Writing in The Atlantic, Matthew Yglesias does a good job emphasizing a point I've also made here -- namely, that the reduced partisanship of the mid-twentieth century was largely a result of the ugly history of race in the South:
Yet as today’s presidential candidates call for a less divisive kind of politics, it’s worth recalling the 1950s. While polarization has its drawbacks, the alternative is often worse.
The mid-20th century is sometimes remembered as an era of cozy political consensus, but in fact the corridors of power echoed then with starkly disparate voices... The politics were no less contentious than they are today. They were just less coherent.
The looser partisanship of the period was mostly the result of racism and its complex role in the politics of the time. The legacy of the Civil War had made the Democrats the party of southern white supremacists, but the legacy of the New Deal had also made them the party of northern liberals and many urban African Americans. These latter constituencies were demanding federal intervention in southern affairs to secure the rights of southern blacks. At the same time, many members of the GOP—the traditional home of black voters and the party of racial progress in many states—were resisting these demands, which struck them as violating the principle of a modest federal government.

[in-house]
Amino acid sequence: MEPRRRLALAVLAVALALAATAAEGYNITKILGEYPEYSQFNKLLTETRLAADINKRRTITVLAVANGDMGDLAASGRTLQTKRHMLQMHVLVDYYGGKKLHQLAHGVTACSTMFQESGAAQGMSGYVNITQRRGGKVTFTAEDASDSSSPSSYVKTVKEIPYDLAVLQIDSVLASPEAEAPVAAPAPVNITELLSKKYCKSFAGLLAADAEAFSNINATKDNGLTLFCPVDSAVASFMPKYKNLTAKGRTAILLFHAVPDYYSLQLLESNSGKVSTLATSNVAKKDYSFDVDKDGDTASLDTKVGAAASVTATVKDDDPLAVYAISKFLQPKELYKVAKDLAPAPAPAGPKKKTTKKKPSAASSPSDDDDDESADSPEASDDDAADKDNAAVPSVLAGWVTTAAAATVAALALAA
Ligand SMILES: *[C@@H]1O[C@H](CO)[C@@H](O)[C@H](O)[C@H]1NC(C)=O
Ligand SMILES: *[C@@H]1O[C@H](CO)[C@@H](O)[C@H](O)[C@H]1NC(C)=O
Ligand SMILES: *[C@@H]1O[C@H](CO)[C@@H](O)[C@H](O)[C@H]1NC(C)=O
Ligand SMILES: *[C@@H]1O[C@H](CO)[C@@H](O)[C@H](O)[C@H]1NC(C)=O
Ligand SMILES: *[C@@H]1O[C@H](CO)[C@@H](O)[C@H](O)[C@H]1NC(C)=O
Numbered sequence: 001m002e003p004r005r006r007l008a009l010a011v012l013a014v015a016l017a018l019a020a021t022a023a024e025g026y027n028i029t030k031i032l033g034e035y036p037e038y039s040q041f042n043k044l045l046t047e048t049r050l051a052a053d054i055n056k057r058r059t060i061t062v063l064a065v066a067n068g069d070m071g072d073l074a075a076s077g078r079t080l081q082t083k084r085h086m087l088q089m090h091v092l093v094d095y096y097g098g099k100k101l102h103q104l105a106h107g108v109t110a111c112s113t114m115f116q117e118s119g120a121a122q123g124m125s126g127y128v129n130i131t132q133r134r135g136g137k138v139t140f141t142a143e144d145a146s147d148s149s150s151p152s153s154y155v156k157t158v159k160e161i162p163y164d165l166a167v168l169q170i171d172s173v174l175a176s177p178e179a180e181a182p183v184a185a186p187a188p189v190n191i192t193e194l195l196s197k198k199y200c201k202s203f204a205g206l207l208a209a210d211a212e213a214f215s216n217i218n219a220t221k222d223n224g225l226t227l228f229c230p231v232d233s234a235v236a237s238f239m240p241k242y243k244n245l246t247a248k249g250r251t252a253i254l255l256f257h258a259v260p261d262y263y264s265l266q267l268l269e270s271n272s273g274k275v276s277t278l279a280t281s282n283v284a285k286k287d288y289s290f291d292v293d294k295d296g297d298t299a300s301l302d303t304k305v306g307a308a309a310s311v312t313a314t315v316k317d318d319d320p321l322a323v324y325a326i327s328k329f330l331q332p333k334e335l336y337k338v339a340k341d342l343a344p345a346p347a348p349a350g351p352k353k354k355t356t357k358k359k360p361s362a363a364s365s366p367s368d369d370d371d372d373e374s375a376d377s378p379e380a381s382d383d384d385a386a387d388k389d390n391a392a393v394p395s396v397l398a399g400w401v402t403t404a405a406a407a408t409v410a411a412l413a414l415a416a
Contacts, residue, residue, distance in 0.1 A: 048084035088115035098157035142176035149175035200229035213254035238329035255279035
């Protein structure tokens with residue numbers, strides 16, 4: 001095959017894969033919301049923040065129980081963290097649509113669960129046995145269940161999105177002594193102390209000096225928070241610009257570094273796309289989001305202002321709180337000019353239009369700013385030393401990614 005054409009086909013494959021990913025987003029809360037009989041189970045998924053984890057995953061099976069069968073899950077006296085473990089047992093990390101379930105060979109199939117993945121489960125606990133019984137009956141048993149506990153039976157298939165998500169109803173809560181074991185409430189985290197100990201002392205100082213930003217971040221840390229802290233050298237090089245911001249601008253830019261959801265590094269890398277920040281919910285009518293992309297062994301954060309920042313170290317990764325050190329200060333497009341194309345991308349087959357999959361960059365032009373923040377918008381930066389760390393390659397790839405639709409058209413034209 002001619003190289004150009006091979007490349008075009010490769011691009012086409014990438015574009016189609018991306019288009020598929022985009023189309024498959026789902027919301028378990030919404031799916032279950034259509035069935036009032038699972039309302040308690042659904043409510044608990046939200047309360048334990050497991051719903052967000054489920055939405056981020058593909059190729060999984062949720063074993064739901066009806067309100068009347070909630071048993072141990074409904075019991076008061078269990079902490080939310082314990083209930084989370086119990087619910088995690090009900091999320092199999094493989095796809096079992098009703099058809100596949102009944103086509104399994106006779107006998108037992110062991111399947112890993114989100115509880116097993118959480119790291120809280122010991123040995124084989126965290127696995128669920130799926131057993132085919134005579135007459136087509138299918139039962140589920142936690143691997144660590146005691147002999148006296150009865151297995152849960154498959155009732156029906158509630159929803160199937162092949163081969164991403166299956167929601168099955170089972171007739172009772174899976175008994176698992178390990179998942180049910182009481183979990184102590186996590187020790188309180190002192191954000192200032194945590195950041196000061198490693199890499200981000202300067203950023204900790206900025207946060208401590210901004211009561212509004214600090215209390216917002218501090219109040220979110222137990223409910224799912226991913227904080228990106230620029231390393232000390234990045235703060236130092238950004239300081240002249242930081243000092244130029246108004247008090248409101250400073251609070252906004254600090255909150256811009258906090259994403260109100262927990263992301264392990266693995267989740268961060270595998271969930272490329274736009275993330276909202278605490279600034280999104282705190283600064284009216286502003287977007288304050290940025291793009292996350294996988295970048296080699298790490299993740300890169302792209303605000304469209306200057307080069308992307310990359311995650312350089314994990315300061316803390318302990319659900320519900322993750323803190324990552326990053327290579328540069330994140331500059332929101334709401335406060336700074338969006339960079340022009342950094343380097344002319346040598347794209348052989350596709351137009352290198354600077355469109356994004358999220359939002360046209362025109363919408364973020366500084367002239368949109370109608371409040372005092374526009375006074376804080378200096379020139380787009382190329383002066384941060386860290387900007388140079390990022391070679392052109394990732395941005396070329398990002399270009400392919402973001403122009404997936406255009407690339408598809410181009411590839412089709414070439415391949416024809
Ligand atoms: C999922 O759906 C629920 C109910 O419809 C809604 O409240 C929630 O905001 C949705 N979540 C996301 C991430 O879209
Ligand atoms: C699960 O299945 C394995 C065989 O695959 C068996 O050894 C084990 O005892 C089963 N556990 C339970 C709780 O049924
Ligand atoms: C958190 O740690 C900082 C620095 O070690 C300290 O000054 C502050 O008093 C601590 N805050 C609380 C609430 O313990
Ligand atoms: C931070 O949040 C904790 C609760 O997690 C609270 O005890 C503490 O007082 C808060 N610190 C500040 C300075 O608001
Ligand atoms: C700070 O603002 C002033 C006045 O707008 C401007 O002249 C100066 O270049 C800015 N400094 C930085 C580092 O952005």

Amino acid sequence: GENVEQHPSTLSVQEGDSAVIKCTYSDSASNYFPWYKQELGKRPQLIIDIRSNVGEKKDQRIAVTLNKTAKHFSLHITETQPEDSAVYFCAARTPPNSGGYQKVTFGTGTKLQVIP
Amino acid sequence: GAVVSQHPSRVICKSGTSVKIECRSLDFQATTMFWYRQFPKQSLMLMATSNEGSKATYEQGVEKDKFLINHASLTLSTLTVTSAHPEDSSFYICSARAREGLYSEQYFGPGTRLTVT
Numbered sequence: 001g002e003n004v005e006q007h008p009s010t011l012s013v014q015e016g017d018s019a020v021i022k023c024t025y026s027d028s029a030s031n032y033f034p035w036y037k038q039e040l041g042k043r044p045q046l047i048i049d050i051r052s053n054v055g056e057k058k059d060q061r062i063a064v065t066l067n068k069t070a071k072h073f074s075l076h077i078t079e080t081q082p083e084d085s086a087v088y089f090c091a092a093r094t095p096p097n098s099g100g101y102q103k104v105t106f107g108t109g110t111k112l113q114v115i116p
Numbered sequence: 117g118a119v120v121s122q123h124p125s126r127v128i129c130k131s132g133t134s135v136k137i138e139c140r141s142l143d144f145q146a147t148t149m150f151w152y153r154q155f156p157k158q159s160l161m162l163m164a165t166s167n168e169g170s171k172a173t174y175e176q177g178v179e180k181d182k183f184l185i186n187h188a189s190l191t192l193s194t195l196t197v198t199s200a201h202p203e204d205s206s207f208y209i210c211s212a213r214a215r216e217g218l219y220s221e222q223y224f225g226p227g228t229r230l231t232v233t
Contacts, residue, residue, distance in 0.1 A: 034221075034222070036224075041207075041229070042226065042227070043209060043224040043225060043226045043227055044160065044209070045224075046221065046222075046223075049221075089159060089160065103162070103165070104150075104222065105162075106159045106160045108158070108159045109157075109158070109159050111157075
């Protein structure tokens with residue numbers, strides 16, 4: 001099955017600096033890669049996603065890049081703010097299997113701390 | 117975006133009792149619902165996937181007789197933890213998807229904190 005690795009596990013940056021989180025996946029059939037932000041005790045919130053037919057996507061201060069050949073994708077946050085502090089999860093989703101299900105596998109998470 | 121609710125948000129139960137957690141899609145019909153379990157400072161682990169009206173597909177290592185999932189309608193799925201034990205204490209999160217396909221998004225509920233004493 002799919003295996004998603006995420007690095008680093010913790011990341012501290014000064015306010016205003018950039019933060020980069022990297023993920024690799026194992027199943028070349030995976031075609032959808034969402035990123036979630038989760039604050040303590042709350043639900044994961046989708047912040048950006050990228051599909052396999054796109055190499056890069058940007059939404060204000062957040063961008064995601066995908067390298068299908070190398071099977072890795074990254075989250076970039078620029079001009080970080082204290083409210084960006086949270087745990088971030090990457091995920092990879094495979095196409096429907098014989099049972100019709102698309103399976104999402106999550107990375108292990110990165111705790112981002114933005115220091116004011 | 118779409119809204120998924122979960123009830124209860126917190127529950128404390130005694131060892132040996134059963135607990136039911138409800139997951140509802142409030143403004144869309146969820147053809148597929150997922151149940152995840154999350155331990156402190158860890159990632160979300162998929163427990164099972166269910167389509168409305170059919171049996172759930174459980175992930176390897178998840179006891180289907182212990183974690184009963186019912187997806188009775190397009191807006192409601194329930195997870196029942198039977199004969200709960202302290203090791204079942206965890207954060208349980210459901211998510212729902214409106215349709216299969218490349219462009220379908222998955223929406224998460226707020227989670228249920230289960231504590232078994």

The result was a muddle.
Indeed, as I've shown, the period was a historical aberration. Once the parties realigned on race and conservative Democrats left the party, the political system returned to its historical norm of partisanship and polarization.
There are certainly many negative aspects of this change, but as Yglesias rightly notes, it does reduce the complexity of the choices facing voters:
But for voters, the boring new ways can be looked at in another way—they’re straightforward. Elections have a predictable and easy-to-understand relationship to government action. Electing a Democrat means, on the margin, more spending on the federal safety net and more government regulation, while electing a Republican produces policies more favorable to business interests.
Journalists who lament the glorious bipartisanship of the 1960s and 1970s would do well to remember these two points.